Abigail Disney, the granddaughter of Disney co-founder Roy Oliver Disney, has termed studio chairman-CEO Bob Iger earning a whopping USD 65.6 million as total compensation for last fiscal year as "insane".
The filmmaker-philanthropist pointed out that this level of corporate payout has a "corrosive effect on society".
She was speaking at the Fast Company Impact Council.
Abigail said the Disneyland employees in Anaheim, California have experienced a reduction in benefits over time. In many cases, they are struggling to pay for essential needs like medicine, she added.
Citing Wall Street-driven norms, she said Iger is a "good man" but he is "allowing himself to go down a road that is the road everyone is going down".
"When he got his bonus last year, I did the math, and I figured out that he could have given personally, out of pocket, a 15 per cent raise to everyone who worked at Disneyland, and still walked away with USD 10 million.
"So there's a point at which there's just too much going around the top of the system into this class of people who I'm sorry this is radical have too much money. There is such a thing," Abigail said.
She later took to social media to reemphasise her point in a detailed thread on Twitter.
The filmmaker-activist said the comments made by her were not her family's stand on the compensation.
"Let me very clear. I like Bob Iger. I do not speak for my family but only for myself. Other than owning shares (not that many) I have no more say in what happens there than anyone else. But by any objective measure a pay ratio over a thousand is insane," Abigail wrote.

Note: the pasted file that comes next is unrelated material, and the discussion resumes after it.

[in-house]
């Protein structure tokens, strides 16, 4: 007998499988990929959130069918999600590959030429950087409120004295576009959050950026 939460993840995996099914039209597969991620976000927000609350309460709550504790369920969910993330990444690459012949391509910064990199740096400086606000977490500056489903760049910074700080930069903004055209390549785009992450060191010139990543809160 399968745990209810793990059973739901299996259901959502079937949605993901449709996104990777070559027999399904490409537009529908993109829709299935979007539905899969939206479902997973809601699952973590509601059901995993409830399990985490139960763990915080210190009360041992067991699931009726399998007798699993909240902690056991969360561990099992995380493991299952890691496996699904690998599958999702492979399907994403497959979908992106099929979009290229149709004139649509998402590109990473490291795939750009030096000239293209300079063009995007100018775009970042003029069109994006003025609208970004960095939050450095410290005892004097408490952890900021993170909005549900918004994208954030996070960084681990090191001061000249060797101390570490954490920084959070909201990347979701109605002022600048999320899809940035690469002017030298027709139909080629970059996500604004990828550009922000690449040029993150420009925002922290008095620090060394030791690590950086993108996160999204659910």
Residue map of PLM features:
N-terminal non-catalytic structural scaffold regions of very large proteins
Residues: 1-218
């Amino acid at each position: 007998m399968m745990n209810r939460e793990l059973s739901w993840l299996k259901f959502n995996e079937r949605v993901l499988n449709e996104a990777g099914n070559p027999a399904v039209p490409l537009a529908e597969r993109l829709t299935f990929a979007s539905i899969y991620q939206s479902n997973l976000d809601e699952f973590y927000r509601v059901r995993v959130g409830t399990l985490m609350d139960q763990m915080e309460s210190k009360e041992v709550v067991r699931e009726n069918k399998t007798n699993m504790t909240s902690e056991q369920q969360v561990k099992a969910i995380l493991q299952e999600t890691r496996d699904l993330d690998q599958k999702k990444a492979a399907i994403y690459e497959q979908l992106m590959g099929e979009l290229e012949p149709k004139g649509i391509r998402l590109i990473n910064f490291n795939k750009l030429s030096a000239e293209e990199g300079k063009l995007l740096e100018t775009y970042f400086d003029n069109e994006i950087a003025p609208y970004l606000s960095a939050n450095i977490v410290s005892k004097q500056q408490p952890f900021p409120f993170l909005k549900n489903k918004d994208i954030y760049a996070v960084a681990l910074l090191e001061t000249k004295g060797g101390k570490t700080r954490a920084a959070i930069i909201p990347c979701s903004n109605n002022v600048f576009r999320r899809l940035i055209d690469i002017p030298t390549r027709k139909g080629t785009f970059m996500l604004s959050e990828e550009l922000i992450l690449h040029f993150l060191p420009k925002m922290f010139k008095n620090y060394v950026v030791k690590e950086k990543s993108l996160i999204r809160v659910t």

She, however, said it is not that Iger does not deserve a bonus.
"He most certainly does. He is brilliant and has led the company brilliantly. It's nice to give a bonus to a person pulling down a salary. Everybody loves that. You know what everybody loves more than that? A raise. And if the tax cut makes a bonus possible and that tax cut is permanent doesn't it stand to reason you could have given a raise instead?" Abigail asked.
She ended her thread with a call to action to recognise the threat of income and wealth inequality.
"Anyone who contributes to the success of a profitable company and who works full time to do so should not go hungry, should not ration insulin, and should not have to sleep in a car."
This is not the first instance Disney has spoken out to raise the living wage and tax the wealthy.
She has urged companies to do a better job, recently appearing on CNBC stating, "I can't sit back and accumulate wealth simply because I inherited it.
(This story has not been edited by Business Standard staff and is auto-generated from a syndicated feed.)